TORONTO, ON. Jan. 26, 2009 – The Catholic Civil Rights League today commented on reports that a Cornwall, Ontario branch of Canada Post has banned the use of the greeting “Merci, Seigneur, pour la belle journee (Thank you, Lord, for the beautiful day)” after a complaint from an employee about injecting religion into the workplace. (See article.)
Without commenting on particulars of the personnel situation that may be involved, banning a long-established local greeting because it contains a religious reference, and reprimanding someone for using it, is taking the control of employee conversation to an unacceptable level. Employers have the right to insist on some sensitivity to religious beliefs and non-beliefs, but this incident speaks much more to an anti-faith mentality than to protecting anyone’s sensibilities. It’s quite likely the Lord’s name is used in more colourful contexts in this and most other workplaces; equally likely that “thank God” and “God forbid” are often heard.
Most corporate and organizational human rights policies require non-discrimination in matters of religion, as well as race, colour, creed, gender and other prohibited grounds. An attempt to penalize the completely voluntary use of a greeting with a religious reference speaks more to a reflex action against believers than to sensitivity to their opposite numbers.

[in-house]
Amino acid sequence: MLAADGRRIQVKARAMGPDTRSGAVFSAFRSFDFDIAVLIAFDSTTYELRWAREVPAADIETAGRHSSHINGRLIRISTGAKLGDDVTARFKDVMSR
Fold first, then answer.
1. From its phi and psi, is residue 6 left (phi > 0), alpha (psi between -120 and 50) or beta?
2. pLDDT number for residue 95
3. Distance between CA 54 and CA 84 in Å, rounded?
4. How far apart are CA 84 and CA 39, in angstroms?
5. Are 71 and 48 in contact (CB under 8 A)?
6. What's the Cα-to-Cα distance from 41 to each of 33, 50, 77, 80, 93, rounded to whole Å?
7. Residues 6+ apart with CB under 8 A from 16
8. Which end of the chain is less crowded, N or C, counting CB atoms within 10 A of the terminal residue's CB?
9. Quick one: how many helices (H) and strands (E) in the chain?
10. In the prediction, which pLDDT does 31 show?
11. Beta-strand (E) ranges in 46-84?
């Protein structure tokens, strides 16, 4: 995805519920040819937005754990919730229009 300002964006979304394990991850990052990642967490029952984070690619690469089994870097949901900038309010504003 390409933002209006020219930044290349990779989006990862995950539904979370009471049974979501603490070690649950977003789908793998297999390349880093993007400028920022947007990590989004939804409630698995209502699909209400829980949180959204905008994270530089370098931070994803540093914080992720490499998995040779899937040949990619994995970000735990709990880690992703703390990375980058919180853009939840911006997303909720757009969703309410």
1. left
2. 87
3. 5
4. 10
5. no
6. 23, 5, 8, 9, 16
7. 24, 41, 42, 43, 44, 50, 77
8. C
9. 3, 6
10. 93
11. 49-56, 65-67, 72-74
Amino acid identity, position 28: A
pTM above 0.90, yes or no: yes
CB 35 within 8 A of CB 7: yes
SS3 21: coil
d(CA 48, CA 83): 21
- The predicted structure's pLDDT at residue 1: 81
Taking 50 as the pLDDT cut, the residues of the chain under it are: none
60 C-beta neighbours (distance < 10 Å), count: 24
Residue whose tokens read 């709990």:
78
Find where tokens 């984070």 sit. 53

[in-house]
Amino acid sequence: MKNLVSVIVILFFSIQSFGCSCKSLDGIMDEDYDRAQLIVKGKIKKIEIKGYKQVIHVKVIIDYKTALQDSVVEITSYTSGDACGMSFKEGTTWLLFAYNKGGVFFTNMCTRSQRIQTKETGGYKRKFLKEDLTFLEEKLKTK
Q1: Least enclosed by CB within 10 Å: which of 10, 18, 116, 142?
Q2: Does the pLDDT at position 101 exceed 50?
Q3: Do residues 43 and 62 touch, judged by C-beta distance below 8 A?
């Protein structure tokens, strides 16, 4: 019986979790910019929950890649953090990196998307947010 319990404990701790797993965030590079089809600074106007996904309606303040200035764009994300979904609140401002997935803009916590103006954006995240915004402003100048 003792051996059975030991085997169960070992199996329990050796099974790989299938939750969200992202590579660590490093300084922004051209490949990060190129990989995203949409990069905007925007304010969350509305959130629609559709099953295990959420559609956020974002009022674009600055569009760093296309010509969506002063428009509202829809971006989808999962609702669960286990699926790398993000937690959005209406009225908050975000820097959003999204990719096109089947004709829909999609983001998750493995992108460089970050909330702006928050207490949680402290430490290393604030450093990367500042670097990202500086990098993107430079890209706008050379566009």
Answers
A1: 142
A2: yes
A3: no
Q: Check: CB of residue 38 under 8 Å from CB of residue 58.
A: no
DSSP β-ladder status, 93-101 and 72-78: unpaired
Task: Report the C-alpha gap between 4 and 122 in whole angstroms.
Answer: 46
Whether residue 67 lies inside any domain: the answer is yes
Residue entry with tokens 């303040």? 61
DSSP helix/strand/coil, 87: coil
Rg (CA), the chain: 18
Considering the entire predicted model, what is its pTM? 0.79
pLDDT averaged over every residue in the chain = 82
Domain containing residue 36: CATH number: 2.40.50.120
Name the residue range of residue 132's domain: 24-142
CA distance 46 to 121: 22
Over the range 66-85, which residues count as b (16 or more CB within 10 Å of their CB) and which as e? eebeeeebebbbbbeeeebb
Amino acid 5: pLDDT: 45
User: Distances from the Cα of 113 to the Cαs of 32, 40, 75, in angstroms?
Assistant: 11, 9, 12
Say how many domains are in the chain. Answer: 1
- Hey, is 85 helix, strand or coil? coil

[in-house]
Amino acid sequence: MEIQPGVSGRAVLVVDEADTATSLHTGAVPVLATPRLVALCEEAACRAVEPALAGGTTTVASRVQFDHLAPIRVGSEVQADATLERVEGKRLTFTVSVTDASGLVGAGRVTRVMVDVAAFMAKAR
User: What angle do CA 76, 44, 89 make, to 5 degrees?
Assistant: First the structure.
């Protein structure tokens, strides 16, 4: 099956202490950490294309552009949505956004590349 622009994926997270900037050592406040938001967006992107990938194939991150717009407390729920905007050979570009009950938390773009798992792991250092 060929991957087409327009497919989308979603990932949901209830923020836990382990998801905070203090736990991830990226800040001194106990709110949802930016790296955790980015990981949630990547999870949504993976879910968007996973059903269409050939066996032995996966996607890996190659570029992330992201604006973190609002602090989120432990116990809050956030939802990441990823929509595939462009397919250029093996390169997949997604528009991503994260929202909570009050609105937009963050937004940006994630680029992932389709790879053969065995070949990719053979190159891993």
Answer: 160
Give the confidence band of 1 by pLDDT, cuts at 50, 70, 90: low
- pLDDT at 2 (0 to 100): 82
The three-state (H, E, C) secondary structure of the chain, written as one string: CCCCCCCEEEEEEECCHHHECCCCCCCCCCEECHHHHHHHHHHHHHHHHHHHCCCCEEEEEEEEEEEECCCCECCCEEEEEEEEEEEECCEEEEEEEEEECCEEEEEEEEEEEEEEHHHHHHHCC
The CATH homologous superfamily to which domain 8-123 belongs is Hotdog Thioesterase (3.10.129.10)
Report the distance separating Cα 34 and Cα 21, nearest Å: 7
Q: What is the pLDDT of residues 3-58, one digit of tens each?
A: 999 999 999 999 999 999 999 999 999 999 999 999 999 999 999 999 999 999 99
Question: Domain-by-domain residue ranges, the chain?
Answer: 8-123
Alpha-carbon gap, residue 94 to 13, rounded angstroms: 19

Catholic Civil Rights League (www.ccrl.ca) assists in creating conditions within which Catholic teachings can be better understood, cooperates with other organizations in defending civil rights in Canada, and opposes defamation and discrimination against Catholics on the basis of their beliefs. CCRL was founded in 1985 as an independent lay organization and has chapters across Canada. The Catholic Civil Rights League is a Canadian non-profit organization entirely supported by the generosity of its members.
For further information: Joanne McGarry, Executive Director, 416-466-8244; firstname.lastname@example.org